Ran through the 6 with my WOES

Scenic view at Toronto city waterfront skyline at night

Over the long weekend, I got a chance to revisit Toronto, and spent time with my regular crew (Eric, Patrick, Lotar). For those that don’t know, I am born in Toronto, but I never grew up or lived in the city. Frequent short stays, documenting street culture and the hip-hop scene for justalilhype! in previous summers, along with “touristy” trips have made me love and hate this city.

By the way, WOES stands for Working on Excellence, accordingly to Drake.

Why? Because Toronto is a competitive place. Living in the east coast (east of Ontario), and growing up in Vancouver doesn’t teach me too much about being competitive. By simply working harder than everyone else, and focusing on my goals and projects, I was already ahead of my peers. I felt competition in the school though, but they were very common ones such as marks and girl-chasing – which I never cared for when I was in my youth. Toronto is different, it’s competitive in all aspects. If you made in Toronto, you made it.

As I grew older, I felt that I’ve surrounded myself with the right people that are competitive in their own game, and I have been exposed to their hustle and challenges in life. Here are a few groups of people I’ve managed to surround myself around:

  • Rich Kids: How are rich kids competitive? Quite. They compete against other rich kids! No, not just that. I believe growing up with with a ton of capital puts you in a challenging situation. Not only is your life controlled to a certain extent by your parents, it is hard to set a goal to follow through with. I am not sure if there’s even a way to be proud of your accomplishments if you are always covered. Do you have to compete with the successes of your parents? Your siblings? I don’t know. In a way, their biggest competitions is perhaps against themselves. If you think about it, if you grew up in a mediocre family or are not that well off, being competitive is simpler. You start off with nothing to try to build something into it. A lot easier to be proud of what you have accomplished if you started from the bottom
  • Business School Grads: Accountants, entrepreneurs, real estate agents, marketers, etc – the list goes on to what they can accomplish in life after finishing in business schools. These people are trained to be competitive straight out of university. This Wall Street style training when they are hitting the books have made them competitive and step on others to get up the ranks. Think about it, there can only be one C.E.O.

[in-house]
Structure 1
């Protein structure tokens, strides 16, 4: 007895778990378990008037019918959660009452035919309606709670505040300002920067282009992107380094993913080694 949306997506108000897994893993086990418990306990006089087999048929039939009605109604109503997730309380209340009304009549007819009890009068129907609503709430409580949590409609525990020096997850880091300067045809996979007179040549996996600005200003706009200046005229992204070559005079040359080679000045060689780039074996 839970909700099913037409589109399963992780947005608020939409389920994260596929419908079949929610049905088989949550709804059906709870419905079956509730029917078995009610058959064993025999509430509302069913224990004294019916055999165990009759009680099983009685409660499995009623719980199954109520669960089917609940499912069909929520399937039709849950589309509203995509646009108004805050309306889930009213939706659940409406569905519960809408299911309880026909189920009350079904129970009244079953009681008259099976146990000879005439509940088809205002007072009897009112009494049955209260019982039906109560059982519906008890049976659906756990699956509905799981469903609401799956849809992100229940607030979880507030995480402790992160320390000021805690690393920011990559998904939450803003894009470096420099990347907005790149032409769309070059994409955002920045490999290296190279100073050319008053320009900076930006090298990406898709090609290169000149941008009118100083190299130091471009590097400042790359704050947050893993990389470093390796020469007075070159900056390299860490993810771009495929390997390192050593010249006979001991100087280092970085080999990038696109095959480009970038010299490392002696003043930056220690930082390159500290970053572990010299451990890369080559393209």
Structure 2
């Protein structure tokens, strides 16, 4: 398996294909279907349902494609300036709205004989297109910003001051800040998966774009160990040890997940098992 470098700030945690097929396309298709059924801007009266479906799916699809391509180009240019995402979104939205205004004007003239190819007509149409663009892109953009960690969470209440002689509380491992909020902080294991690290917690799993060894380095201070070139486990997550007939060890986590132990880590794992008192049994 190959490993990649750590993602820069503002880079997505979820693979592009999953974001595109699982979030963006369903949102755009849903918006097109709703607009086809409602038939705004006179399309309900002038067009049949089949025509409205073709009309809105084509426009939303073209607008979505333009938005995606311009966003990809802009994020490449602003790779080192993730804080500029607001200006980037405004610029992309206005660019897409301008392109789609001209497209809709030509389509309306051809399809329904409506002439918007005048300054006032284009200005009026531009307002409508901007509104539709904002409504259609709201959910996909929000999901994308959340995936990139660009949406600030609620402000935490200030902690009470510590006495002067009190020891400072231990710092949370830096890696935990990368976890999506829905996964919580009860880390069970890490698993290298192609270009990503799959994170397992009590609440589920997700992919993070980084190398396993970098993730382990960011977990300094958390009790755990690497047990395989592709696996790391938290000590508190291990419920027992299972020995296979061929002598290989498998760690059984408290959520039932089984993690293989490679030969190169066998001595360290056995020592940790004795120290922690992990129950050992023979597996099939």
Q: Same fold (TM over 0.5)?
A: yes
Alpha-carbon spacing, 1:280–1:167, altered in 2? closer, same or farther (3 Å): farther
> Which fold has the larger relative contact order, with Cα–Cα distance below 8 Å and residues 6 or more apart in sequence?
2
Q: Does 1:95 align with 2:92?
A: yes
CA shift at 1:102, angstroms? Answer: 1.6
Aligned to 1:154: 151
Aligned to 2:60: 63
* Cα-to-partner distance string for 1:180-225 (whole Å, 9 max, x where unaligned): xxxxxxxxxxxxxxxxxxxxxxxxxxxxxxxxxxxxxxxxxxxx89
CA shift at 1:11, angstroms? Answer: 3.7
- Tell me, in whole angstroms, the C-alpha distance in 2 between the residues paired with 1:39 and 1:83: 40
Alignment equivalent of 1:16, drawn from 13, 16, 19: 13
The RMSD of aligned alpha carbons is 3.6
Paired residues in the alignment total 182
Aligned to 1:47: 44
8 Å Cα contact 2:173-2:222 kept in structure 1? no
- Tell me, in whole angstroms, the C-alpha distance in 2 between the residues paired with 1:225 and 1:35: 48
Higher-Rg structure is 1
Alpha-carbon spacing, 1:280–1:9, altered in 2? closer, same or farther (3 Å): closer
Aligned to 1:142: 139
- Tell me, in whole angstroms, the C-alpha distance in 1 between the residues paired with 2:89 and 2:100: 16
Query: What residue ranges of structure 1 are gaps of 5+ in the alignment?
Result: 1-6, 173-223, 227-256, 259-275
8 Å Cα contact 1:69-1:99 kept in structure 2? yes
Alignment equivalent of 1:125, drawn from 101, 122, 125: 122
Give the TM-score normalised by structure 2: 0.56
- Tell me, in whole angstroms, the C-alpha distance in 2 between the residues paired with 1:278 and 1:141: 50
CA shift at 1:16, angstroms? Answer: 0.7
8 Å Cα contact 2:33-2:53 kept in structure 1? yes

• Med School Students/Doctors: These people work really hard, or are extremely intelligent. Either way, in Canada – it’s a tough process. From MCAT exams, to medical school interviews, to moving out of your city to attend a medical school that accepted you. The process to become a doctor is not a simple process, and it’s a grind to get there. A lot of discipline is required to wear that white coat, and have folks call you a “Doc”.
  • Creatives: Photographers, artists, musicians, writers, designers. The struggle between making money and art is real. Especially in the 20th century when everyone is a creative. How do you set yourself apart? I feel that I can easily relate to this list, because I am a part-time creative. Sure, you can be competitive in a sense you put art first and take chances to live out fully as an artist – but how do you pay your bills? Successful creatives have the freedom to live off their passion, but it’s a rare fraction of the artist population.
Scenic view at Toronto city waterfront skyline at night
Scenic view at Toronto city waterfront skyline at night

What I felt over the weekend in Toronto was that it’s easier to define success when you set yourself aside from there rest and compete against yourself. Set small comparisons with people in the room, or look simply at where you are at in your life and see where other people within that age group are at. Sure, you might be still behind in certain areas, but look past that, have a goal and identify that in a few years, you’ll still be ahead of the game in a certain ring. Define your competitive ring and you will be in control. Throw anyone in it and fight against your opponent, just surpass him in the way you want – and you have won the fight already.

I have a crew that helps me work on achieving excellence, and most people don’t. I truly feel blessed about who I roll with in my life. I am in control of my competitions. I saw that clearly through the weekend in Toronto.

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